2:15 p.m. - After a lunch of synthetic pork chops, carrots, green beans, and coffee, Bill checks the pneumatic mail tube to see if any information on the elderhostel in Denmark he will be participating in next month has arrived. Finding only a copy of his Self-directed Learners Guide, he heads for his room carrying the dozen books he checked out on teaching adults. Having made the decision to teach a woodworking class, he follows his customary plan of attack in learning about a subject, knowing that he will be as prepared as possible when the class starts next month. Whoever said that retirement would be boring!

4:00 p.m. - Greta finishes training her new triad leaders and provides each with a list of their lifelong learning case groups. She then fires up the desktop computer in her office and contacts the LID (Learning Information Database) system in San Jose, California, to see if any new learning exchange groups or free university organizations have been started in her area.

4:15 p.m. - Stan heads for the locker room to get dressed for robo- ball practice. He is still thinking about the French class and the discussion that emanated from his debriefing group regarding the Star-III experience. The mentors had urged each member to consider astro-physics as a career, but he is not sure. He still thinks a lot about a career as a professional robo-ball player, but has not discussed it with Mom and Dad recently. Perhaps he should take up that offer of Pete Marley of the New York Titans and spend a few weeks working with the team during their spring training.

4:30 p.m. - George and Bill head for the basement shop to continue work on their experimental motor. George's skill in computers and Bill's experience with piston-driven motors have convinced them that they can build a better motor for that old rider-mower Bill had brought with him when he sold the house. Bill would like to adapt one of the robo-cleaners to mow the lawn and George has accepted the challenge of redesigning the computer networks to operate the system. The video version of the Electronics Encyclopedia is already scrolling on the scene in front of them.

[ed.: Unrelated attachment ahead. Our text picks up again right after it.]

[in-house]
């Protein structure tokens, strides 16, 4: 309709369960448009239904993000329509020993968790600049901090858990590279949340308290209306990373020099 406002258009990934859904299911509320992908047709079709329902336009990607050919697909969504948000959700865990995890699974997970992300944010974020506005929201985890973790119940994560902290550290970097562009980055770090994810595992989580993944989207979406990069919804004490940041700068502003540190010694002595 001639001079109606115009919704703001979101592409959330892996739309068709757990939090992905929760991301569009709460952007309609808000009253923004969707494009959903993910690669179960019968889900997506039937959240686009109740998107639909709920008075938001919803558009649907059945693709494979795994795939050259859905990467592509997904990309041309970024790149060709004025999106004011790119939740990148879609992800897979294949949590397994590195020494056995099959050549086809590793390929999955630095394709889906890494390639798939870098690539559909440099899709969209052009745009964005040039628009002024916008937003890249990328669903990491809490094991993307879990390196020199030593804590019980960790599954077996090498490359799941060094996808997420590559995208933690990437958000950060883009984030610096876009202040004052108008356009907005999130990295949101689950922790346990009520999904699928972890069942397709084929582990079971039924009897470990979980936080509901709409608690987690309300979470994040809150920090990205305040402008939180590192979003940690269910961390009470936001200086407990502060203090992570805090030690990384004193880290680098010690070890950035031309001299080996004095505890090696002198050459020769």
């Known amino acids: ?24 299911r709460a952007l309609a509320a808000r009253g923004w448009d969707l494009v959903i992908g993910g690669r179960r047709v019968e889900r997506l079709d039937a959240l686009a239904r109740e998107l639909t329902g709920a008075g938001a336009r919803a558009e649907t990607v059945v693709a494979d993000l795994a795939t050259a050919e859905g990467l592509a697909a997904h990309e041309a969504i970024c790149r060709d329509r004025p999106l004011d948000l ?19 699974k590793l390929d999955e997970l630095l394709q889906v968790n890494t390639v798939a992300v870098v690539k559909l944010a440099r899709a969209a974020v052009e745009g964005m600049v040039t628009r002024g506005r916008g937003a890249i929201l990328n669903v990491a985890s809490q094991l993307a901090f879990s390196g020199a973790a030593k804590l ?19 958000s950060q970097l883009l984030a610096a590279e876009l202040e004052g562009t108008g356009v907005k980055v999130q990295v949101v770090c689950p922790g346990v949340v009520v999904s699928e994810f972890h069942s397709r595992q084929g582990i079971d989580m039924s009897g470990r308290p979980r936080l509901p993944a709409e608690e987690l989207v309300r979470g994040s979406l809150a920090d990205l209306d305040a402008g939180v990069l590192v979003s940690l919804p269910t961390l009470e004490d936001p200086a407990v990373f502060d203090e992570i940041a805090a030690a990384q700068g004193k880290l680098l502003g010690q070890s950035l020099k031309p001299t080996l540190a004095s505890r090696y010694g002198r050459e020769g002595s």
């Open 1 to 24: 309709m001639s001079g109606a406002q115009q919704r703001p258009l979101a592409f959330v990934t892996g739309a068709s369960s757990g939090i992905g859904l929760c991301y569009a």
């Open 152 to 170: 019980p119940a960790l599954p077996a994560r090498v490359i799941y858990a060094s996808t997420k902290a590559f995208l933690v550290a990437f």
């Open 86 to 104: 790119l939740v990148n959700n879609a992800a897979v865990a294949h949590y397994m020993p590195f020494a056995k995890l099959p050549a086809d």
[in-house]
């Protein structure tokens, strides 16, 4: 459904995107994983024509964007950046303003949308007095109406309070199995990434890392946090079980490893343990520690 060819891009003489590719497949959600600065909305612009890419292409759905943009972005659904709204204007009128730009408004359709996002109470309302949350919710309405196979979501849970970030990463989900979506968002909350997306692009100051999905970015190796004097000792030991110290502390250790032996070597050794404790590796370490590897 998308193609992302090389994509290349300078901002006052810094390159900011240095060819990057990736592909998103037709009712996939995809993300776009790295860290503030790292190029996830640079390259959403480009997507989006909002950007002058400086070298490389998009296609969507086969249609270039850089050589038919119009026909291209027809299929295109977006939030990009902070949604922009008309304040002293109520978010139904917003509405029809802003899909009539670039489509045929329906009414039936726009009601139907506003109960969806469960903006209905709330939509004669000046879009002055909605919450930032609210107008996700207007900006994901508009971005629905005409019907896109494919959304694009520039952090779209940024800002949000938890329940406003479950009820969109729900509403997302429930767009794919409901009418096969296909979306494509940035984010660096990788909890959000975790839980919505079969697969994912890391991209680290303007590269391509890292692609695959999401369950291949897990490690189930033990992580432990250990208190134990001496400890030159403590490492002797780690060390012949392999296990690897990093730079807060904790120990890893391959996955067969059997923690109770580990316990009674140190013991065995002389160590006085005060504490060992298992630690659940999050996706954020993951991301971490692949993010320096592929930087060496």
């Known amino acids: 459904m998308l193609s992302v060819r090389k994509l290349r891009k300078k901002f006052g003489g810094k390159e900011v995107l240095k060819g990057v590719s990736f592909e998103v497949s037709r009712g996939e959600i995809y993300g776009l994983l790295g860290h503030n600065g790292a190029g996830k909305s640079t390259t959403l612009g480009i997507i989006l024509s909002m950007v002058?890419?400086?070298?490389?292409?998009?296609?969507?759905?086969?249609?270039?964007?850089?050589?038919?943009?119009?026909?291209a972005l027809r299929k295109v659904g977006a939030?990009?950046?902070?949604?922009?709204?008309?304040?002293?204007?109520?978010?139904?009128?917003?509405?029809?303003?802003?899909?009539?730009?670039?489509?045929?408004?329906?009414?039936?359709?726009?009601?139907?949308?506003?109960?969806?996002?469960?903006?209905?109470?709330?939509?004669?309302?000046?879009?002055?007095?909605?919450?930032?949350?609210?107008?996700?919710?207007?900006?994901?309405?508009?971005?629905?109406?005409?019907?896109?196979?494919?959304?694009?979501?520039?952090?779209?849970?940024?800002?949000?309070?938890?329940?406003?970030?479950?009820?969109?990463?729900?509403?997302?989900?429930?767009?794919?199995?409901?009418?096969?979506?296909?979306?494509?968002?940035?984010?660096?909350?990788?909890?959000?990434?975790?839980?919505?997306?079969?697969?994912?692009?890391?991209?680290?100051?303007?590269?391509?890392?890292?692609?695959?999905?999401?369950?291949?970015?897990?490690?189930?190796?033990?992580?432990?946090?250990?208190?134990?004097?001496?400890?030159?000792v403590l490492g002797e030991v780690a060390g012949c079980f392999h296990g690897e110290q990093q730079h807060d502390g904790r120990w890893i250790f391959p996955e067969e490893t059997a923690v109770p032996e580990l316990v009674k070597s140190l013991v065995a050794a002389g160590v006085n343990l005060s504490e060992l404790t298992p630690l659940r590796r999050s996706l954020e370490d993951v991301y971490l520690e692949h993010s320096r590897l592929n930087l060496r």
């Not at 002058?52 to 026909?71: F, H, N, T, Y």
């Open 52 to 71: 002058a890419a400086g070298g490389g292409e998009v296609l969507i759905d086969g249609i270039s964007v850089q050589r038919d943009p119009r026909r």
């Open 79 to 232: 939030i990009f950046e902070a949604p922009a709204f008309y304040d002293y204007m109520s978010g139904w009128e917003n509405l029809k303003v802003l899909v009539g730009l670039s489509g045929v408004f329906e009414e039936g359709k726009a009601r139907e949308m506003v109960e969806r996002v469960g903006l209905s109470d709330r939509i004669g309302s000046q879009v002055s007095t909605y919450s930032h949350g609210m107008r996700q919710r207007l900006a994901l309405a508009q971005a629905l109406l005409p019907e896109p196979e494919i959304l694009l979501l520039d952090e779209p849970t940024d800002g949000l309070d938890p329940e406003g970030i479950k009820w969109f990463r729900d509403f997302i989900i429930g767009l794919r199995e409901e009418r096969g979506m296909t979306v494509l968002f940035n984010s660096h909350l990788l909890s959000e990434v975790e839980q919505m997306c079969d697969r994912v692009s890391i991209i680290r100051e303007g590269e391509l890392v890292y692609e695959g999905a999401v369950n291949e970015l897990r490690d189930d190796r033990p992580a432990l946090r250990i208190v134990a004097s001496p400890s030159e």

5:00 p.m. - Although the study group had not been able to find the same construction site because the satellite position had changed and they did not have the new site coordinates, Julie felt they had made nice progress in the refinement scan. The etched lines on the face of that woman carrying the

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water were so powerfully shown that Julie had decided to use the hard copy printout as the basis for her next art project. As she entered the studio of her water colors mentor, she began to think of how to convince him that she could combine her electronic pictures with his somewhat archaic views on water colors by hand brush strokes.

6:30 p.m. - Greta finishes her last report for the day, files a copy electronically, and requests the software to archive a hard copy in the Trenton central office. She walks to the "chopper" as Bill fondly calls it, heads for home wondering what George has prepared for the evening meal, and looks forward to some conversation with the men in her life and her later work with the electro-organ. Fortunately, tonight she has no office work to catch up on. She might even have an opportunity to do some pleasurable reading, she muses.